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What are some money saving ideas for families on a budget?

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Families right now are experiencing the highest inflation rate our country has seen in nearly 40 years. Food prices, gasoline costs, living expenses and more are on the rise, largely owing to the COVID-19 pandemic, labor shortages and delays at ports, among other things. With the annual inflation rate for the United States nearing 8 percent, many families are taking a hard look at their individual financial situations and making plans to save more and spend less over the coming year. But inflation or not, it’s always smart to consider ways you can save on family expenses. Here are ten money-saving ideas for families looking to improve their financial situation this year:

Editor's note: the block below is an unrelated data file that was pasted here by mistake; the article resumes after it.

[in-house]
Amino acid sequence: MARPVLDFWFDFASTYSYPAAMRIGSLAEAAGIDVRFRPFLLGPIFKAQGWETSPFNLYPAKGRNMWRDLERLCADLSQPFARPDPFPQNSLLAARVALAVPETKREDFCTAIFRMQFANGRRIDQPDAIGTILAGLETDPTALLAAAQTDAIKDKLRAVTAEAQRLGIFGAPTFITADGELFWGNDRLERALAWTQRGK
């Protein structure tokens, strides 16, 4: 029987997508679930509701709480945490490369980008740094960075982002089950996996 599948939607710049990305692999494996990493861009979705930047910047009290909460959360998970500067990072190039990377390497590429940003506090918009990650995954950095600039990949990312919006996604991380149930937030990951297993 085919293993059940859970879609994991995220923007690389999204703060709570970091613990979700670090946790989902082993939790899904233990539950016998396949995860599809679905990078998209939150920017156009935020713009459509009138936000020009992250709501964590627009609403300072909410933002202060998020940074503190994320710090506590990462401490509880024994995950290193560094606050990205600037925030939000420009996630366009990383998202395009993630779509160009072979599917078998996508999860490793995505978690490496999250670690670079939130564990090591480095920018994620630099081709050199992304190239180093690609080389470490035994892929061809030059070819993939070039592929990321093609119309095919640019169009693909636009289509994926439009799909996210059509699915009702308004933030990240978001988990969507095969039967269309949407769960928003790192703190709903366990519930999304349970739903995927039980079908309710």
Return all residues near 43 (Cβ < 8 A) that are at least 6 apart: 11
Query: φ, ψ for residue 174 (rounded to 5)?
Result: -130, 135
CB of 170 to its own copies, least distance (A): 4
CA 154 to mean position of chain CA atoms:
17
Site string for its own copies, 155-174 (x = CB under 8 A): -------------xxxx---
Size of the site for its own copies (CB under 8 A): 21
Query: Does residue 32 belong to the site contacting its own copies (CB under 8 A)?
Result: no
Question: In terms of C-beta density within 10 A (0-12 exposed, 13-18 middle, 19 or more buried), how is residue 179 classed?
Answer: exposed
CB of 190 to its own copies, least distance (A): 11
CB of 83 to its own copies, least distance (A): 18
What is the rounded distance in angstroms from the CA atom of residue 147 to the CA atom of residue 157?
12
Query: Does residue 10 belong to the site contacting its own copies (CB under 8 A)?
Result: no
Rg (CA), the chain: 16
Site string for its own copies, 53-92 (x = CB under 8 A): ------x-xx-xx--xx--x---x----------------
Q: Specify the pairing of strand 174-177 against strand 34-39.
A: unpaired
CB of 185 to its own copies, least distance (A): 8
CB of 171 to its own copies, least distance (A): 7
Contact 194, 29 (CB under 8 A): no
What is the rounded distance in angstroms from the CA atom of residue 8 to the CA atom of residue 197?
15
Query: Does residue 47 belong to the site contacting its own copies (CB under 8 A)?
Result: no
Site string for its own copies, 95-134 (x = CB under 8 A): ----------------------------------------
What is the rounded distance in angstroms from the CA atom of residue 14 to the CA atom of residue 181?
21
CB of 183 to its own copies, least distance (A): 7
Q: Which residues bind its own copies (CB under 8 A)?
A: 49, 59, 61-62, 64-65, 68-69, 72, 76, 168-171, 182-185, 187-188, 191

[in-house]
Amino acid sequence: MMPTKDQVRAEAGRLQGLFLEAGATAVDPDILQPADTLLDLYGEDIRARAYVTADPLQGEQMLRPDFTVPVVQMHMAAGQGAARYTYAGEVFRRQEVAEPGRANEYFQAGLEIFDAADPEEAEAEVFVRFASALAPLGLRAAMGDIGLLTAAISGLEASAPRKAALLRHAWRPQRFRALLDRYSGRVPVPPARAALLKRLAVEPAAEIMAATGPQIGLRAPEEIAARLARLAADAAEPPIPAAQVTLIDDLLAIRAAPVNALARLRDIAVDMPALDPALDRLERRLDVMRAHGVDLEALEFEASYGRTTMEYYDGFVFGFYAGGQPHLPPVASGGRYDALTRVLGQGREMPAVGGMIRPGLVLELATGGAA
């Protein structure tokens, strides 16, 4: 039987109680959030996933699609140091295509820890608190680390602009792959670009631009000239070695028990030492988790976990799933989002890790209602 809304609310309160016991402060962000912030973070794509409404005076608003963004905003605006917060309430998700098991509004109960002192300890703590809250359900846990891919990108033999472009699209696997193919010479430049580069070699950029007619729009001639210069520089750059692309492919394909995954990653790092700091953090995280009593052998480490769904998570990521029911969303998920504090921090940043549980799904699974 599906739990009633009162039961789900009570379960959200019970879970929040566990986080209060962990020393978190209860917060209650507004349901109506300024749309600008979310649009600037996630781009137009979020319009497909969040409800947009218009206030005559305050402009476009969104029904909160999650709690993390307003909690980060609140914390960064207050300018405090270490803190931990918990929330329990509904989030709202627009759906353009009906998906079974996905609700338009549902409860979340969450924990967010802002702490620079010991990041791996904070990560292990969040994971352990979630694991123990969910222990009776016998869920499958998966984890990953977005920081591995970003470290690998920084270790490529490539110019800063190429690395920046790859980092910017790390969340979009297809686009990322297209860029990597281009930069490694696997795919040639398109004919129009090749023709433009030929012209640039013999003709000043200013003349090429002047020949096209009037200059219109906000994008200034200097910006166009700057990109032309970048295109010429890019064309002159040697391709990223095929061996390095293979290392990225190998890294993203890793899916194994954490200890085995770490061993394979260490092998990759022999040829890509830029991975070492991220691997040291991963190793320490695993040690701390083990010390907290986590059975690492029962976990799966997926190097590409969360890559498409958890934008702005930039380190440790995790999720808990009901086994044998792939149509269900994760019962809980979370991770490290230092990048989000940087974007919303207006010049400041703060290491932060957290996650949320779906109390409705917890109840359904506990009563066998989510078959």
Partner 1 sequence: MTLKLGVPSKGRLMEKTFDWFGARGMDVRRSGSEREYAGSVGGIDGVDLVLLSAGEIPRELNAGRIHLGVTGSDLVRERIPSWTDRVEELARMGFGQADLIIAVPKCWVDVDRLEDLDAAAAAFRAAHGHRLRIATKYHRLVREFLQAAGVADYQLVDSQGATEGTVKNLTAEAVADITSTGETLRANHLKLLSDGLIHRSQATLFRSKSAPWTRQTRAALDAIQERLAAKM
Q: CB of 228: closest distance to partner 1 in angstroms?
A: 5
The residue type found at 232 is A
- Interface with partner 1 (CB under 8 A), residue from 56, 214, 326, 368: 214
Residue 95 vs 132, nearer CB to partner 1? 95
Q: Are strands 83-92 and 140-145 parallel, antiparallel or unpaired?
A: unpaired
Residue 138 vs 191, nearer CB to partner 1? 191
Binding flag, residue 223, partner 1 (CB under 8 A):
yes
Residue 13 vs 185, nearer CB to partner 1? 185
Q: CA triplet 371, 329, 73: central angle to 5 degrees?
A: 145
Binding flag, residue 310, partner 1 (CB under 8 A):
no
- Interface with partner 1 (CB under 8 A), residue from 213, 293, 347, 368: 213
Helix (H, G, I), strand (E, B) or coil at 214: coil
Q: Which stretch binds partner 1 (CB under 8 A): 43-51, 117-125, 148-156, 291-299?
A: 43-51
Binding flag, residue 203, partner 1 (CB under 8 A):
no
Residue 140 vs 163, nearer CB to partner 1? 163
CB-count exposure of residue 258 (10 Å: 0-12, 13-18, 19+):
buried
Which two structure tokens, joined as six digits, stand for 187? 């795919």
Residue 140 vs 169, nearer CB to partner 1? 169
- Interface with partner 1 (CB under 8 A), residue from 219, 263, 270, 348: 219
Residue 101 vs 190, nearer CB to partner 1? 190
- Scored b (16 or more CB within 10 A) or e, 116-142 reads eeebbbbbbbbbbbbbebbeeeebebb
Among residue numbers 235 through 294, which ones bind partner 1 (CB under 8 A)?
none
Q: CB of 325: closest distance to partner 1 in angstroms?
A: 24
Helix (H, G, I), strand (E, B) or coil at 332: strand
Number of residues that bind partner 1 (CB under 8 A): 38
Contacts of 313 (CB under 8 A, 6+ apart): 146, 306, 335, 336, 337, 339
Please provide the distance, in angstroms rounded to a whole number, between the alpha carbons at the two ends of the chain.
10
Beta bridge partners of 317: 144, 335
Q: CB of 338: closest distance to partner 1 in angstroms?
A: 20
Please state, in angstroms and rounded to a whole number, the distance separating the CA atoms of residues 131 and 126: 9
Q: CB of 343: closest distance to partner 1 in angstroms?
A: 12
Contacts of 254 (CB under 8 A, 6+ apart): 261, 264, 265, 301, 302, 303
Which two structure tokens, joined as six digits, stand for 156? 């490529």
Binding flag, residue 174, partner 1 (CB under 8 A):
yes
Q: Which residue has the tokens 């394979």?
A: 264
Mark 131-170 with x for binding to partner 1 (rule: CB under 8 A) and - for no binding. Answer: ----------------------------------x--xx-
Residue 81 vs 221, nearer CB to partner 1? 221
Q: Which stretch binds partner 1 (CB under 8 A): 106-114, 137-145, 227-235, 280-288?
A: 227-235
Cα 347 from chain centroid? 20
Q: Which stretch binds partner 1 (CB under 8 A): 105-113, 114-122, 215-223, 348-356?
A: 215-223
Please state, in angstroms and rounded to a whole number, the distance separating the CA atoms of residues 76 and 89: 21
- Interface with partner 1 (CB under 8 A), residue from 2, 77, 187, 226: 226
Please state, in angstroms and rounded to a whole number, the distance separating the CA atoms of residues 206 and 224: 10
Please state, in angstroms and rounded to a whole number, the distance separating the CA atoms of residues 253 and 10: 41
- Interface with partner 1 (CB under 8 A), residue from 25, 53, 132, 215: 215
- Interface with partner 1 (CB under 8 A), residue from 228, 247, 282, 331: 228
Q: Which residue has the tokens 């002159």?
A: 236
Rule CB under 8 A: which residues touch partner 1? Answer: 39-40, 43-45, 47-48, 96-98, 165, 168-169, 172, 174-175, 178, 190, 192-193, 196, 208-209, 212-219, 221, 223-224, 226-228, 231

1. Build a Family Budget. The first step to increasing financial stability is establishing a budget. A budget is a plan for all incoming money and outgoing expenses over a period of given time, like a week or month. Begin by scheduling a time to sit down with the other adults in your household and build a baseline of expenses. Then you can figure out ways to reduce expenses, if need be, and make plans to allocate what portion of incoming money goes to expenses, savings and debt repayment, or other things you want for your family. An important part of building a family budget is keeping communication open and ongoing and being flexible about making changes when necessary.  

2. Cut Down on Food Costs. One of the largest expenses for most families, beyond housing, is their weekly or monthly grocery bill. One of the biggest ways families can cut down on food costs is by planning their week’s meals and snacks in advance and sticking strictly to their lists while shopping. Try to include grocery sale items in your meal planning when you can and utilize coupons to their fullest extent. Clipping coupons in 2022 isn’t the same experience it was twenty years ago—a variety of phone apps and grocery store programs make it much faster, simpler, and easier to save than in years past.